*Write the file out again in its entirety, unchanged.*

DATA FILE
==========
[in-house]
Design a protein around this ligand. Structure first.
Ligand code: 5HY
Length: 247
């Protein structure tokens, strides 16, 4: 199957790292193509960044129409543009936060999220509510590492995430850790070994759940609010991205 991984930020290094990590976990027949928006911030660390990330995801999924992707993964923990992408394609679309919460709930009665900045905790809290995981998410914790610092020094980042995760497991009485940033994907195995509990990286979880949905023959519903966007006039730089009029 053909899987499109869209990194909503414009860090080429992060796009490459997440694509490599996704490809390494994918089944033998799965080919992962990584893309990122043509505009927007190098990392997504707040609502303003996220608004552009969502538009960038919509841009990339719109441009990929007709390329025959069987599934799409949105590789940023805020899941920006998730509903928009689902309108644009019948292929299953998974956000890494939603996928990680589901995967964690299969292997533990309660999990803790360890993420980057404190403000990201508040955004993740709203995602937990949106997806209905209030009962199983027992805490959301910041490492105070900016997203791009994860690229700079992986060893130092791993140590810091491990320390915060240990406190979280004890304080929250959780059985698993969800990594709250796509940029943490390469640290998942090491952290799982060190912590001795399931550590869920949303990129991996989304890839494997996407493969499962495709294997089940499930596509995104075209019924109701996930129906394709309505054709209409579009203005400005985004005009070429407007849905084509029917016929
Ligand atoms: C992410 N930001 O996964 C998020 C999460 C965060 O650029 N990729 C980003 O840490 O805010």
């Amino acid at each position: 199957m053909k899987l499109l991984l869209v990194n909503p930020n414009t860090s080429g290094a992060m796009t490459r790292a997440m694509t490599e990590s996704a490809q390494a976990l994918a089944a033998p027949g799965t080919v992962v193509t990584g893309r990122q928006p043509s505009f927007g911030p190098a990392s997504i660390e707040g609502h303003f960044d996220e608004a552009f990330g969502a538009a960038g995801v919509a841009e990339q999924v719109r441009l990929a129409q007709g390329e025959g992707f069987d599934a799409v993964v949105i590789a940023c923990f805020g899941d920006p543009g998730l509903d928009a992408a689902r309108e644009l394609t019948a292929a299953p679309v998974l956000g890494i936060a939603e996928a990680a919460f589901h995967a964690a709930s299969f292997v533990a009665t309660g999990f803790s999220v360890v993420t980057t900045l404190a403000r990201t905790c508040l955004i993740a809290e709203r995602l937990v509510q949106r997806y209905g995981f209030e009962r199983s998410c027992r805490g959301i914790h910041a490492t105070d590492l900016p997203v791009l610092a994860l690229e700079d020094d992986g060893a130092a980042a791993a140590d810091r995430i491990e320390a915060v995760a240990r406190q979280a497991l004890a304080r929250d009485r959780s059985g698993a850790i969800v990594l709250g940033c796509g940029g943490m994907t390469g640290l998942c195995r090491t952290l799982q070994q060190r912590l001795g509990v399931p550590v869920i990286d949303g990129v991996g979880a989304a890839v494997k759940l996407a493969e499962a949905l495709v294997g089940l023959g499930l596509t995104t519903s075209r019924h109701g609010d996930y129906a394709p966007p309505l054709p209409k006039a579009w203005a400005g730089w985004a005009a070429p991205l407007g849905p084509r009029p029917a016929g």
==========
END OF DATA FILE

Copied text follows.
[in-house]
Design a protein around this ligand. Structure first.
Ligand code: 5HY
Length: 247
């Protein structure tokens, strides 16, 4: 199957790292193509960044129409543009936060999220509510590492995430850790070994759940609010991205 991984930020290094990590976990027949928006911030660390990330995801999924992707993964923990992408394609679309919460709930009665900045905790809290995981998410914790610092020094980042995760497991009485940033994907195995509990990286979880949905023959519903966007006039730089009029 053909899987499109869209990194909503414009860090080429992060796009490459997440694509490599996704490809390494994918089944033998799965080919992962990584893309990122043509505009927007190098990392997504707040609502303003996220608004552009969502538009960038919509841009990339719109441009990929007709390329025959069987599934799409949105590789940023805020899941920006998730509903928009689902309108644009019948292929299953998974956000890494939603996928990680589901995967964690299969292997533990309660999990803790360890993420980057404190403000990201508040955004993740709203995602937990949106997806209905209030009962199983027992805490959301910041490492105070900016997203791009994860690229700079992986060893130092791993140590810091491990320390915060240990406190979280004890304080929250959780059985698993969800990594709250796509940029943490390469640290998942090491952290799982060190912590001795399931550590869920949303990129991996989304890839494997996407493969499962495709294997089940499930596509995104075209019924109701996930129906394709309505054709209409579009203005400005985004005009070429407007849905084509029917016929
Ligand atoms: C992410 N930001 O996964 C998020 C999460 C965060 O650029 N990729 C980003 O840490 O805010």
């Amino acid at each position: 199957m053909k899987l499109l991984l869209v990194n909503p930020n414009t860090s080429g290094a992060m796009t490459r790292a997440m694509t490599e990590s996704a490809q390494a976990l994918a089944a033998p027949g799965t080919v992962v193509t990584g893309r990122q928006p043509s505009f927007g911030p190098a990392s997504i660390e707040g609502h303003f960044d996220e608004a552009f990330g969502a538009a960038g995801v919509a841009e990339q999924v719109r441009l990929a129409q007709g390329e025959g992707f069987d599934a799409v993964v949105i590789a940023c923990f805020g899941d920006p543009g998730l509903d928009a992408a689902r309108e644009l394609t019948a292929a299953p679309v998974l956000g890494i936060a939603e996928a990680a919460f589901h995967a964690a709930s299969f292997v533990a009665t309660g999990f803790s999220v360890v993420t980057t900045l404190a403000r990201t905790c508040l955004i993740a809290e709203r995602l937990v509510q949106r997806y209905g995981f209030e009962r199983s998410c027992r805490g959301i914790h910041a490492t105070d590492l900016p997203v791009l610092a994860l690229e700079d020094d992986g060893a130092a980042a791993a140590d810091r995430i491990e320390a915060v995760a240990r406190q979280a497991l004890a304080r929250d009485r959780s059985g698993a850790i969800v990594l709250g940033c796509g940029g943490m994907t390469g640290l998942c195995r090491t952290l799982q070994q060190r912590l001795g509990v399931p550590v869920i990286d949303g990129v991996g979880a989304a890839v494997k759940l996407a493969e499962a949905l495709v294997g089940l023959g499930l596509t995104t519903s075209r019924h109701g609010d996930y129906a394709p966007p309505l054709p209409k006039a579009w203005a400005g730089w985004a005009a070429p991205l407007g849905p084509r009029p029917a016929g």